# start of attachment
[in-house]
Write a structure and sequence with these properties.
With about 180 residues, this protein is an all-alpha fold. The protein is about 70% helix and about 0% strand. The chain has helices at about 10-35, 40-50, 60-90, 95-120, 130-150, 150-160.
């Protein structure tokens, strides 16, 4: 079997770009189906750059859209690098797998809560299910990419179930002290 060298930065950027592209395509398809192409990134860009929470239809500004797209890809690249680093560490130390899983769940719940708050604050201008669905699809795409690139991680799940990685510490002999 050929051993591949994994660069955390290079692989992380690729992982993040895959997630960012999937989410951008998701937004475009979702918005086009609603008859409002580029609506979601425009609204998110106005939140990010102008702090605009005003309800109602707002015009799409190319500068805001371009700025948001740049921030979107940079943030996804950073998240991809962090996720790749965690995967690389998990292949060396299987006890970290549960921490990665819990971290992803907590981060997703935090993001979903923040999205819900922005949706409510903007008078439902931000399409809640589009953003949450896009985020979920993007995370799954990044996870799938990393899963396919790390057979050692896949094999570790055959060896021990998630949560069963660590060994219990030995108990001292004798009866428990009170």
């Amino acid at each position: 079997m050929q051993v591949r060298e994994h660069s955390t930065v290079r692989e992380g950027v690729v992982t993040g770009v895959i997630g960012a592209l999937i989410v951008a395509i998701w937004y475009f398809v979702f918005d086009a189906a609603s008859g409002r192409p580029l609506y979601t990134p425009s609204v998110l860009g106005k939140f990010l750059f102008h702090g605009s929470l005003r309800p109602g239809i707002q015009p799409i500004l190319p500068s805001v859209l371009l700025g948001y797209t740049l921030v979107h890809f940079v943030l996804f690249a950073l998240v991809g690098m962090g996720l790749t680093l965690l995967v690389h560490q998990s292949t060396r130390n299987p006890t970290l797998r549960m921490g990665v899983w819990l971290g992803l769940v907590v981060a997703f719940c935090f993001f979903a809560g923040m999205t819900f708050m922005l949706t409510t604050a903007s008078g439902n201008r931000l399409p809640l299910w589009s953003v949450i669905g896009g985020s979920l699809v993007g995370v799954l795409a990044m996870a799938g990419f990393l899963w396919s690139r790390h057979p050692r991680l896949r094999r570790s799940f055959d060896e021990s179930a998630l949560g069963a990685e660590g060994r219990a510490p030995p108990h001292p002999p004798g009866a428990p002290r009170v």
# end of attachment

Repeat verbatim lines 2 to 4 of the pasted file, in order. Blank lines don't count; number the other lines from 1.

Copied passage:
Write a structure and sequence with these properties.
With about 180 residues, this protein is an all-alpha fold. The protein is about 70% helix and about 0% strand. The chain has helices at about 10-35, 40-50, 60-90, 95-120, 130-150, 150-160.
């Protein structure tokens, strides 16, 4: 079997770009189906750059859209690098797998809560299910990419179930002290 060298930065950027592209395509398809192409990134860009929470239809500004797209890809690249680093560490130390899983769940719940708050604050201008669905699809795409690139991680799940990685510490002999 050929051993591949994994660069955390290079692989992380690729992982993040895959997630960012999937989410951008998701937004475009979702918005086009609603008859409002580029609506979601425009609204998110106005939140990010102008702090605009005003309800109602707002015009799409190319500068805001371009700025948001740049921030979107940079943030996804950073998240991809962090996720790749965690995967690389998990292949060396299987006890970290549960921490990665819990971290992803907590981060997703935090993001979903923040999205819900922005949706409510903007008078439902931000399409809640589009953003949450896009985020979920993007995370799954990044996870799938990393899963396919790390057979050692896949094999570790055959060896021990998630949560069963660590060994219990030995108990001292004798009866428990009170």